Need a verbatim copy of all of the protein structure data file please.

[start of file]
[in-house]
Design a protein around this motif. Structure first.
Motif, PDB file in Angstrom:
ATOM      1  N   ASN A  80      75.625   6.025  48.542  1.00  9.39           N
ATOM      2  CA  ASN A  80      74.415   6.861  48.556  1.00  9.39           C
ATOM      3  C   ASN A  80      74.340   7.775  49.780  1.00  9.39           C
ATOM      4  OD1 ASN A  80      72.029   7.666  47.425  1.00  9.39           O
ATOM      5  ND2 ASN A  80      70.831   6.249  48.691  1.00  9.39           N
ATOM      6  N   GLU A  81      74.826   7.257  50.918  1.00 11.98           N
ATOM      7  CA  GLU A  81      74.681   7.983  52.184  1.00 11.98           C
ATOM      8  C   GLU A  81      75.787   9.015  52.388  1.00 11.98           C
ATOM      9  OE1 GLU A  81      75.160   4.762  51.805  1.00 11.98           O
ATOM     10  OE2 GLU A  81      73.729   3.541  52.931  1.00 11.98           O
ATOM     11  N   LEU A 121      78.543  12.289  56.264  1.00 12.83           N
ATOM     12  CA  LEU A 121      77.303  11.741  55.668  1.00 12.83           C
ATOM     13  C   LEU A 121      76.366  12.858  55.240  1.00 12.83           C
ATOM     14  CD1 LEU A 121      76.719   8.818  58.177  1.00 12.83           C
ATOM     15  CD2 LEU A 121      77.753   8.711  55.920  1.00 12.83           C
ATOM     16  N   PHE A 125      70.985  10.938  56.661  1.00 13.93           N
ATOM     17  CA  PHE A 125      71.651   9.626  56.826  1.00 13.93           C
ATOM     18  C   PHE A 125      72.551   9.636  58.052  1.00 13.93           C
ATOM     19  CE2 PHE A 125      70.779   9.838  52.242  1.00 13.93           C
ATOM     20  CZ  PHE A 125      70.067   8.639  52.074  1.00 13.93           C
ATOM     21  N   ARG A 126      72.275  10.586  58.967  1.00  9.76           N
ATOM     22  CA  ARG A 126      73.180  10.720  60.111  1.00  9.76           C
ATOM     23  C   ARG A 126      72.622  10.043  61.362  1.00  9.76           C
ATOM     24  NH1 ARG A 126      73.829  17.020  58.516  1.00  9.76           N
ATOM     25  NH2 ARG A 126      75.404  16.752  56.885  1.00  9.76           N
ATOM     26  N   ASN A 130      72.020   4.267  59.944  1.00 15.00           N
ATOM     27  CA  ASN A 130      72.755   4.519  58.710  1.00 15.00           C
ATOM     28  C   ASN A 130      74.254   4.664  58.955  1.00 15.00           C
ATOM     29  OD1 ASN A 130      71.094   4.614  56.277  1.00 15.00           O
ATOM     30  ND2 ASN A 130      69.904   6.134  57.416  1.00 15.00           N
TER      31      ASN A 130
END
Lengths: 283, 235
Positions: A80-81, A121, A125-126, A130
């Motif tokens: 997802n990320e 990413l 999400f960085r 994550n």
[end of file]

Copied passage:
[in-house]
Design a protein around this motif. Structure first.
Motif, PDB file in Angstrom:
ATOM      1  N   ASN A  80      75.625   6.025  48.542  1.00  9.39           N
ATOM      2  CA  ASN A  80      74.415   6.861  48.556  1.00  9.39           C
ATOM      3  C   ASN A  80      74.340   7.775  49.780  1.00  9.39           C
ATOM      4  OD1 ASN A  80      72.029   7.666  47.425  1.00  9.39           O
ATOM      5  ND2 ASN A  80      70.831   6.249  48.691  1.00  9.39           N
ATOM      6  N   GLU A  81      74.826   7.257  50.918  1.00 11.98           N
ATOM      7  CA  GLU A  81      74.681   7.983  52.184  1.00 11.98           C
ATOM      8  C   GLU A  81      75.787   9.015  52.388  1.00 11.98           C
ATOM      9  OE1 GLU A  81      75.160   4.762  51.805  1.00 11.98           O
ATOM     10  OE2 GLU A  81      73.729   3.541  52.931  1.00 11.98           O
ATOM     11  N   LEU A 121      78.543  12.289  56.264  1.00 12.83           N
ATOM     12  CA  LEU A 121      77.303  11.741  55.668  1.00 12.83           C
ATOM     13  C   LEU A 121      76.366  12.858  55.240  1.00 12.83           C
ATOM     14  CD1 LEU A 121      76.719   8.818  58.177  1.00 12.83           C
ATOM     15  CD2 LEU A 121      77.753   8.711  55.920  1.00 12.83           C
ATOM     16  N   PHE A 125      70.985  10.938  56.661  1.00 13.93           N
ATOM     17  CA  PHE A 125      71.651   9.626  56.826  1.00 13.93           C
ATOM     18  C   PHE A 125      72.551   9.636  58.052  1.00 13.93           C
ATOM     19  CE2 PHE A 125      70.779   9.838  52.242  1.00 13.93           C
ATOM     20  CZ  PHE A 125      70.067   8.639  52.074  1.00 13.93           C
ATOM     21  N   ARG A 126      72.275  10.586  58.967  1.00  9.76           N
ATOM     22  CA  ARG A 126      73.180  10.720  60.111  1.00  9.76           C
ATOM     23  C   ARG A 126      72.622  10.043  61.362  1.00  9.76           C
ATOM     24  NH1 ARG A 126      73.829  17.020  58.516  1.00  9.76           N
ATOM     25  NH2 ARG A 126      75.404  16.752  56.885  1.00  9.76           N
ATOM     26  N   ASN A 130      72.020   4.267  59.944  1.00 15.00           N
ATOM     27  CA  ASN A 130      72.755   4.519  58.710  1.00 15.00           C
ATOM     28  C   ASN A 130      74.254   4.664  58.955  1.00 15.00           C
ATOM     29  OD1 ASN A 130      71.094   4.614  56.277  1.00 15.00           O
ATOM     30  ND2 ASN A 130      69.904   6.134  57.416  1.00 15.00           N
TER      31      ASN A 130
END
Lengths: 283, 235
Positions: A80-81, A121, A125-126, A130
């Motif tokens: 997802n990320e 990413l 999400f960085r 994550n």